YOUR HEALTHY PLATE: Asian Cabbage Slaw

A few weeks ago I had the pleasure of spending the evening with a wonderful group of new friends. The fire was crackling, the food and wine were wonderful, the company was delicious, and I had such a nice time. This Asian Cabbage Slaw was one of the inspired dishes we enjoyed together. I could tell you all kinds of reasons that this salad is so good for you, like the Vitamin C, and the heat from the capsaicin, and the benefits of acid, but the fact of the matter is that the best reason to make this is because it’s really good. Enjoy!

3 tbsp. lime juice
2 tbsp. honey
1 tbsp. finely grated fresh ginger, peeled
2 tsp. Sriracha sauce
2 tsp. soy sauce
2 tsp. Asian fish sauce (skip this if you are vegan, and increase soy sauce to 3 tsp.)
1 tsp. white wine vinegar
3/4 tsp. chaat masala (use garam masala if you cannot find this)
1/4 tsp. cumin, ground
1 tsp. Kosher salt
1/2 tsp. black pepper

1 pound green cabbage, cored and shredded finely
6 scallions, thinly sliced (discard the dark green part)
1 pint grape tomatoes, halved
1/2 cup cilantro leaves, chopped finely
1/ cup mint leaves, chopped finely
2 avocadoes, peeled, pitted, diced
1 avocado, peeled, pitted, sliced for garnish
1 1/4 cup roasted, salted cashews, chopped coarsely
microgreens for garnish

Whisk together the lime juice and honey in a large serving bowl, followed by the sriracha, soy sauce, fish sauce, vinegar, chaat masala, cumin, salt, and pepper. [Stop here, and store dressing in the refrigerator overnight if desired.] Add cabbage, scallions, tomatoes, cilantro, mint, avocadoes and 1 cup of cashews. Toss thoroughly. Garnish with avocado, cashews, and greens.

Thank you to Food & Wine for this exotic and wonderful recipe.


YOUR HEALTHY PLATE: Nut & Seed Bread Not For the Birds

1 cup raw almonds*
1 cup raw walnuts
1 cup whole flax seeds
1 cup raw sunflower seeds
1 cup raw pumpkin seeds
1 cup sesame seeds
5 eggs
1 ½ tsp. salt

  1. Preheat oven to 350F.
  2. Line a loaf pan with parchment paper.
  3. Mix all ingredients thoroughly in a large bowl, empty into the loaf pan, and level the top.
  4. Bake at 325F for 60 minutes. The finished loaf should sound hollow when tapped. Remove from oven and allow to cool.
  5. Slice very THIN slices, and slather with your choice of nut butters, preserves, avocado, smoked salmon, sliced turkey, butter, cheddar, or whatever your heart desires.

*To customize, keep a ratio of 2 cups of nuts to 4-5 cups of seeds.

Thank you to ehow for posting this interesting recipe from Danish chef and blogger Kirstin Uhrenholdt and the staff at Kong Hans restaurant in Copenhagen!


YOUR HEALTHY PLATE: Cookies!

I hope that everyone is having a wonderful holiday, and that you find yourself surrounded by at least a few simple things to nourish body and soul, like kind people, blankets, hummable music and, of course, good food. Just in case you’re looking for one more cookie recipe, I recommend this one. Enjoy to your heart’s content. Continue reading


YOUR HEALTHY PLATE: Dr. Weil’s Spiced Nuts

If you haven’t heard of Dr. Andrew Weil, check out his website here. Once I found this recipe, I knew right away that it was perfect for YHIOYP! Nuts are an amazing, nourishing, delicious, beautiful, flavorful food. They are great as an appetizer, as breakfast-on-the-go, as a midafternoon and after-school snack, or sprinkled on salads, squash and so forth! The best nut? One you haven’t eaten for a while! Mix it up! That’s why this is such a great recipe. Continue reading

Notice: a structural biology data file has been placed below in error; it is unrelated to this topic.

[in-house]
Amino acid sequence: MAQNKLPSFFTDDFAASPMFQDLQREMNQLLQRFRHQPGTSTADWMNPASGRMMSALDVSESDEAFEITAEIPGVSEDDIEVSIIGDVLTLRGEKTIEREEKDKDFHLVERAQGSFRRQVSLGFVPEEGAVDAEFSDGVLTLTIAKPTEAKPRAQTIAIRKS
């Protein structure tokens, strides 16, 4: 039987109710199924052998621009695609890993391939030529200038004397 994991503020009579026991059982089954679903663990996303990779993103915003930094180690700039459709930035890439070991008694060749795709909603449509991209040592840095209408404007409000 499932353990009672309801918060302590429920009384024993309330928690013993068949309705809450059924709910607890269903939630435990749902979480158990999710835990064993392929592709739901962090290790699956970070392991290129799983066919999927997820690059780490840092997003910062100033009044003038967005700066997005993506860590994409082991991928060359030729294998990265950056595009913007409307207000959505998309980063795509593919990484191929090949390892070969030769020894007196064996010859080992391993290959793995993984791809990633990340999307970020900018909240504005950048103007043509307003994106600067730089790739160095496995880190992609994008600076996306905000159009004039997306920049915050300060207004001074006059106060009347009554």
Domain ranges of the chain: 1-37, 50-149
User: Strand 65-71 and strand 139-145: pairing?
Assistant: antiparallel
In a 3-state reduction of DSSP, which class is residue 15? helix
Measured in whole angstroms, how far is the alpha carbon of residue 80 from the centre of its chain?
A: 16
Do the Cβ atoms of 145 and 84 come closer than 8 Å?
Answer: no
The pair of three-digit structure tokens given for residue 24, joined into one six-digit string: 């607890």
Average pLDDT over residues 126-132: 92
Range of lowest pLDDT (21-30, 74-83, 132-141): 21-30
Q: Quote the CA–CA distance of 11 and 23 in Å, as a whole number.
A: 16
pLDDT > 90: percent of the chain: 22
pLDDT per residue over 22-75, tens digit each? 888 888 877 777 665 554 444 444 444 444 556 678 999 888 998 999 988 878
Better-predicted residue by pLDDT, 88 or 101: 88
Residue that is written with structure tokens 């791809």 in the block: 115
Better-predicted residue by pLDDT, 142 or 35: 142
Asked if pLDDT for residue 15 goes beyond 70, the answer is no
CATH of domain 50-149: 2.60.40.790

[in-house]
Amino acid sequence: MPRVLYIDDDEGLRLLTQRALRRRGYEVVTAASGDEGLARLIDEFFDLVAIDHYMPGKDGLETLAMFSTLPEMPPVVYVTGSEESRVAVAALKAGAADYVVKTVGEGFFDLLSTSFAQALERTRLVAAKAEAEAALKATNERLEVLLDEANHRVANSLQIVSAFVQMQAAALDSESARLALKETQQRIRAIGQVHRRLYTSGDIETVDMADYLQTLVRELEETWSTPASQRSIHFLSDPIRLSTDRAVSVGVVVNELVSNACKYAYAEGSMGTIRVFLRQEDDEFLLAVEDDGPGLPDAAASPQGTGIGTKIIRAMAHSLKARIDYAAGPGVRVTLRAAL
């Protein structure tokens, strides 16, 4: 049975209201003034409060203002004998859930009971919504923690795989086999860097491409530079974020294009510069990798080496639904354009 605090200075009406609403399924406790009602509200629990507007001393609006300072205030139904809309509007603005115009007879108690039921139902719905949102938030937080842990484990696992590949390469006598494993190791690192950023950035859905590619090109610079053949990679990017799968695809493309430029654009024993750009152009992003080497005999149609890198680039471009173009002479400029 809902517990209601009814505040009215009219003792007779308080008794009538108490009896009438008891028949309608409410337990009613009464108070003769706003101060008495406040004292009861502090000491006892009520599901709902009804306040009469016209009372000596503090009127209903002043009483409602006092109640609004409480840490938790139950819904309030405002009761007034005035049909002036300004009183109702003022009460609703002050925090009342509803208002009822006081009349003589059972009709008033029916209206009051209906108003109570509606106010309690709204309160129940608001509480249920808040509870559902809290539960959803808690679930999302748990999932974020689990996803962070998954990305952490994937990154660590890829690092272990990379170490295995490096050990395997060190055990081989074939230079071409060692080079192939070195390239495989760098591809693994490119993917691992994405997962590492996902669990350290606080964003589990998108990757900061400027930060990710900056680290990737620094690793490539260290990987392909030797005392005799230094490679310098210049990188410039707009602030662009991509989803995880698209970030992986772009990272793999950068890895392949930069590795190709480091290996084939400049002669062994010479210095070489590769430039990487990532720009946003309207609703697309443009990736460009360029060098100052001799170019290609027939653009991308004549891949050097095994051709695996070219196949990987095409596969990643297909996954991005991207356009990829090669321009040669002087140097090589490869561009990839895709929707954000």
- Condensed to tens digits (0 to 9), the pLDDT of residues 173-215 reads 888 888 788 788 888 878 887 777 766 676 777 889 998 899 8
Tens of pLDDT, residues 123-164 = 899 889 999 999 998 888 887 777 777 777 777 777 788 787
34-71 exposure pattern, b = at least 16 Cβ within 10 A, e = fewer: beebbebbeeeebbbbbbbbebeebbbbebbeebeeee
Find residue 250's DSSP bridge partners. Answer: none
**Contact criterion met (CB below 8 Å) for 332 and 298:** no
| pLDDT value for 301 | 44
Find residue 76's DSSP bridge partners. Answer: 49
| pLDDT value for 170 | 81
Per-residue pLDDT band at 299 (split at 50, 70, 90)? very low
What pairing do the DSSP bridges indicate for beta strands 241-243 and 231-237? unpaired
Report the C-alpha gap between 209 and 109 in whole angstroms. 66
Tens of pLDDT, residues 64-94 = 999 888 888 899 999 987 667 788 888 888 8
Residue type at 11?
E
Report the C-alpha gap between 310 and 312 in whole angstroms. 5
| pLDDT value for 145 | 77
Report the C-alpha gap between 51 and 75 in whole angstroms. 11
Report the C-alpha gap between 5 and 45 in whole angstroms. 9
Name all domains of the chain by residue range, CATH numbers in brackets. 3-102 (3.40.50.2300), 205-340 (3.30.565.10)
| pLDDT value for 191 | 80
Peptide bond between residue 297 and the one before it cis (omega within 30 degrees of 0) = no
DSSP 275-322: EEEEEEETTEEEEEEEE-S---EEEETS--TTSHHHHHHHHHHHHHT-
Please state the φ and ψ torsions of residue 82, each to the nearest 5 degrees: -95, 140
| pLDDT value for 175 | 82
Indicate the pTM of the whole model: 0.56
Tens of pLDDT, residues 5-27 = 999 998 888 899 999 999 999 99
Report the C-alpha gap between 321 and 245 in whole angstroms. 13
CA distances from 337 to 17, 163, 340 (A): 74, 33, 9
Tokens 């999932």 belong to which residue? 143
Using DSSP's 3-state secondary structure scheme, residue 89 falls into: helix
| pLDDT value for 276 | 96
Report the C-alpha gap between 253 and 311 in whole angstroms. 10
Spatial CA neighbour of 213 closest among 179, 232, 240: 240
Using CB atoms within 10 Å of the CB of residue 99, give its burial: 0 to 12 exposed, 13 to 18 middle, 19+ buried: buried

YOUR HEALTHY PLATE: Celebrate the Season!

It must be November because, once again, my counter is covered with pumpkins and onions. Here are two relatively simple but unusual (dare I say extraordinary?) recipes to use them up. Both are fantastic not just for any old day of the week, but also as impressive contributions to holiday celebrations. Make the onions the day before you need them, if possible, because no matter how great they turn out, they taste even better the next day! Continue reading


YOUR HEALTHY PLATE: Delicata Squash

The first time I had this dish was two years ago, in Santa Cruz, while celebrating the wedding of a wonderful couple. In keeping with an old family custom, and so that we could easily identify the affiliation of each guest, one side was instructed to wear gold and the other white. Guests mingled to create a sea of gold, yellow, cream, beige and white, all joined together to form a new and beautiful family. It was a sight I hope never to forget. The simple beauty of this recipe continues to reminds me of the love and joy of which we all became a part on that beautiful October day. Continue reading



Practice Makes Progress

A few years ago, the computer guy showed up at my office for the first time in a long while. Let’s call him Gene. Right away, I knew something had changed. I said, “Gene, how are you? You’re looking very well!” He responded with an uncharacteristic grin, and answered with a statement that all of us know, but few believe. He said, “Diets don’t work.” I sat up quick. Continue reading


YOUR HEALTHY PLATE: If You’ve Never Made Charoset…

I’ll be whipping up a second batch of this truly extraordinary charoset (kha-ROE-set) for dinner tomorrow night. In addition to the good old-fashioned, European-style, apples-and-walnuts charoset I make every year, I’ve been rotating through a series of Middle Eastern-style, dried-fruit charoset recipes every year for at least a couple of decades. But I never found one I liked enough to make it again until this year, when I served a bowl of this charoset, which was passed around and around the table until it had been almost emptied! Continue reading